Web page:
Updated: Sep 13, 2022
I’m sitting here trying to decide how to start this post off, but all I know or can feel is how tired I am. It’s 4:40pm as I write this, over 12 hours since I woke up this morning to leave life as I know it behind and set sail for a new, big, intimidating life adventure. It’s been a while since I’ve done this, at least the whole live-out-of-a-backpack thing. As I packed up my last few things this morning, I took stock of the two bags that will be my sole sense of external “home” for the next few months and perhaps beyond. I’ve already racked up 15 months living this lifestyle, between India, Peru, Bolivia, Argentina, Vietnam, Cambodia and Thailand, as well as various parts of the United States. What’s a few more? …Or six months? A year? I don’t have a lot of expectations.
As I gathered my things and headed for the airport my stomach churned as it started to hit me. When I was younger this was easier. I didn’t have a lot tying me down. Making a home and starting a family hadn’t been on my agenda yet, and I didn’t have a very solid sense of my strengths and weaknesses. It made me a stupid kind of fearless. Now that I’m older I’m a little more aware of these things, which understandably makes me a little more resistant to taking off and living these sorts of adventures. I guess that’s why it’s even more vital for me to get out there and do it anyway… Growth comes from leaning into the discomfort, and the thought of leaving home definitely feels unsettling.
The universe does this to me regularly, drawing me into motion time and again, inviting me into change like a whirlpool sucking me into her center. I’m not even really sure I have a choice. At first there is this surrender, understanding and liberation in hearing its call. Motivation ignites a fire under me and I do what I need to do to step into the flow that beckons me into some sort of destiny. But then, once I’m here, the walls begin to close in and I realize I’m on the damn ride and there’s no getting off. I’m fast tracking it towards the depths of personal transformation and there’s no changing course.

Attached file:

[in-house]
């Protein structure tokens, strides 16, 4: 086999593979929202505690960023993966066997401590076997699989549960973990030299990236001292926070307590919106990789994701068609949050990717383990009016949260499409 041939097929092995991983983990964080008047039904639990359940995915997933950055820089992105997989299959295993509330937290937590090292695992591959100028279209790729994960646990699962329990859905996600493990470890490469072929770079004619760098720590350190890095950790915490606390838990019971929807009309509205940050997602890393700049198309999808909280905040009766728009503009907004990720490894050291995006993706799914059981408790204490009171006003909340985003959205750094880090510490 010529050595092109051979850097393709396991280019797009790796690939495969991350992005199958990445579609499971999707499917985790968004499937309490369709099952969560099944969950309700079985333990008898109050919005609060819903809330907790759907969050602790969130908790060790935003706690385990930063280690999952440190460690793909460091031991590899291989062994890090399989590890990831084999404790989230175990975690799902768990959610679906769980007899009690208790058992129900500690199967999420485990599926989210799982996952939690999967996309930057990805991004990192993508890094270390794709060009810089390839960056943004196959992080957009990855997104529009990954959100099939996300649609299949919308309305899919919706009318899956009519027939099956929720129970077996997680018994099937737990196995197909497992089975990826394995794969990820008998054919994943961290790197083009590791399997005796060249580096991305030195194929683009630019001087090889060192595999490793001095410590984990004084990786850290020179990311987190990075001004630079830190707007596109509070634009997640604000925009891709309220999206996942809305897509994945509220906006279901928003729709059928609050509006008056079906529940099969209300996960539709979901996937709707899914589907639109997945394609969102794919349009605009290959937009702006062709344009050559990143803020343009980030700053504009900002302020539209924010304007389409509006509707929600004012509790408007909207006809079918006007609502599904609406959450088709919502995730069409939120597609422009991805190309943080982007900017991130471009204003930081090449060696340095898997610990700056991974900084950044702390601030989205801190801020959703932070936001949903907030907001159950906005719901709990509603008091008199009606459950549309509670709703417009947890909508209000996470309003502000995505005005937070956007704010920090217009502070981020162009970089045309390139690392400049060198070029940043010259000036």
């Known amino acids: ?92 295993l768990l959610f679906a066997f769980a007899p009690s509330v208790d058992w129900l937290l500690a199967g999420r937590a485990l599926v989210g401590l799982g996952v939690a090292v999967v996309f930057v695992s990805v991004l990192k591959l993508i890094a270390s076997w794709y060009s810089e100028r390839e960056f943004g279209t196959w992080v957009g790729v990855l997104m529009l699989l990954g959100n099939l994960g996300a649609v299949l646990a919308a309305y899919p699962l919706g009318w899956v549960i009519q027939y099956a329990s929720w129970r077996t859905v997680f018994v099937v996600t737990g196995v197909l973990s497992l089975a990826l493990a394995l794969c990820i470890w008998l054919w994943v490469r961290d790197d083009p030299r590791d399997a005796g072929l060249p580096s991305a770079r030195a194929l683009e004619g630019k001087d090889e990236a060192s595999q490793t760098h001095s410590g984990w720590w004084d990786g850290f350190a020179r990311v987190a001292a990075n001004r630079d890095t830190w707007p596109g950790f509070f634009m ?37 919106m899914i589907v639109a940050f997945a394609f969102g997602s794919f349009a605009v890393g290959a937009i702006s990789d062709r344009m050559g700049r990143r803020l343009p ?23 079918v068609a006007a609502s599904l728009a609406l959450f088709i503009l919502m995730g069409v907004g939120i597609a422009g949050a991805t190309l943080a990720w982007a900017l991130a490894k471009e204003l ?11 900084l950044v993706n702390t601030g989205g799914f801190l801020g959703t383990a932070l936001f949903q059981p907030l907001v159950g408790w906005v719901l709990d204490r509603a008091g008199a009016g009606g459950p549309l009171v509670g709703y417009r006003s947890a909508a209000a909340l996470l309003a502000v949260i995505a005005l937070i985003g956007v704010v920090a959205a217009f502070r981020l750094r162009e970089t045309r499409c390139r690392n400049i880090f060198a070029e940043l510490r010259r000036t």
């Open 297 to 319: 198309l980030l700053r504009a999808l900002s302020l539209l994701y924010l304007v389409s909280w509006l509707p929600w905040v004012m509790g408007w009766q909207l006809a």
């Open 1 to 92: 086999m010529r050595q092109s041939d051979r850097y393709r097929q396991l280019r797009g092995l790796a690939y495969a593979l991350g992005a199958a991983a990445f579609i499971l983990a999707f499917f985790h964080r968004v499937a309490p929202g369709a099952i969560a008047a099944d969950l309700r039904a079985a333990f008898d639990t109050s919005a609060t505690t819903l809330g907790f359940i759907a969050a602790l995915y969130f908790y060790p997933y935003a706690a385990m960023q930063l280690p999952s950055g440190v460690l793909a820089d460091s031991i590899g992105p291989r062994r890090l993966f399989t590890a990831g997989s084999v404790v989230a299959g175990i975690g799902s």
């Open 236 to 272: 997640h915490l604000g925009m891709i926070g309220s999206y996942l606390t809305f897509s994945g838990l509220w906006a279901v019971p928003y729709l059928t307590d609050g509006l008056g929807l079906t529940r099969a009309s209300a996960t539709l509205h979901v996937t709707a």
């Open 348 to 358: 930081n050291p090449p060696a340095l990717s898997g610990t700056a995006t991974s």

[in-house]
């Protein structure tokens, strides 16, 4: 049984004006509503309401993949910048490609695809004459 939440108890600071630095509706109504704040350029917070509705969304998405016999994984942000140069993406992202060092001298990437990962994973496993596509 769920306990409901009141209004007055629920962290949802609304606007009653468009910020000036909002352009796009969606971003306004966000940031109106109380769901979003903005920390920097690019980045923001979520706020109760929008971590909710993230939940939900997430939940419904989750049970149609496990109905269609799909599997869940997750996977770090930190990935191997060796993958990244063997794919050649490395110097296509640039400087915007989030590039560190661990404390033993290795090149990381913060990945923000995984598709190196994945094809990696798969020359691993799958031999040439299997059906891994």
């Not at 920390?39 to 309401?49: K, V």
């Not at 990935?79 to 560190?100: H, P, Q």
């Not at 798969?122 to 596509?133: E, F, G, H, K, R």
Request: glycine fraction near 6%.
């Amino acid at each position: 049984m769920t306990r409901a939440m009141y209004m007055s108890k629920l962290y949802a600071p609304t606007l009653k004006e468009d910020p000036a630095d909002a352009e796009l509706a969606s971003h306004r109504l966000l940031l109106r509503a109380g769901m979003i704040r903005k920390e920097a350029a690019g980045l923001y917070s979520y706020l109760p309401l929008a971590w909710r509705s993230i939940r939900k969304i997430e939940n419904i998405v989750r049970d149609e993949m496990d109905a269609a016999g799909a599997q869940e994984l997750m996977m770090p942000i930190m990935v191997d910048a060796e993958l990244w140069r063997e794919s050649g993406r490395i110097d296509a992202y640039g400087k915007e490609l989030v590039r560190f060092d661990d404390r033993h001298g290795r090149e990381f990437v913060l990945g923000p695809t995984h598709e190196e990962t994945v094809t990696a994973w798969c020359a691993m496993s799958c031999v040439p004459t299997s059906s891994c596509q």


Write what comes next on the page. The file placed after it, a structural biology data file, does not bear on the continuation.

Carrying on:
I flashback to last year at this time when a similar sense of destiny asked me to take her hand. She had big things in mind for me, but needed me to follow her down a narrow path, away from the life I was living. And so I did, in awe of the beauty she had prepared for me as it sparkled in the distance. It was exhilarating. Except, that is, when the cracking reality of my life fell on me like a ton of bricks, reminding me of the life I left in the name of serving a higher purpose.
I’d wake up in the middle of the night with a heavy weight of vertigo, coming to terms with the fact I left the man I loved and the life we were building together. I’d frantically try to decide if it was all just a bad dream, dizzy and disoriented, praying that I’d wake up and find myself back in his arms. Instead I’d be met by the distressing echos of myself puking into the toilet, reminding me this was in fact my new life and the only way through the pain was to keep moving forward.
That is exactly the feeling that begun to settle in again today as I said goodbye to my dog and my beautiful bedroom and home, to safety, security and all of the known. Overtired and a bit disheveled, Scottie and I hauled my two bags out of the house and into the car, making our way toward the airport. All I could think about was how some more sleep would be really awesome. I tried to rack my brain around self care options and remembered that hydration might help, but after a few moments of searching decide I’ve left my water bottle back home. We turn around and, immediately upon arriving, I shift my foot to realize it was there all along. Yeah, okay. I am seriously so tired. And now we’ve lost time I hadn’t accounted for.
This past Tuesday I received word that I was being offered a position to work with high school students in Costa Rica for the summer. I’ll be supervising students around service-learning projects and outdoor adventures, a radical blend of activities that I’ve been properly prepared to lead through accumulated experience over the last decade. The company asks if I can leave within 24 hours. That’s obviously not plausible, but I tell them I can be on my way in 48 hours instead as the program starts Thursday (that is today). So it begins.
Perhaps you can imagine what might go into preparing to leave the country for an open-ended amount of time with such short notice. Chaos, mostly. Shoving things into boxes. Lots of phone calls and emails. Too many errands. What do I even pack? 75-85 degrees. Torrential rain. I know how to dress for both of those climates, but have never really associated these two weather patterns regularly happening at the same time. Between packing and saying goodbyes over the last two days, there wasn’t a lot of time to catch my breath. Or sleep.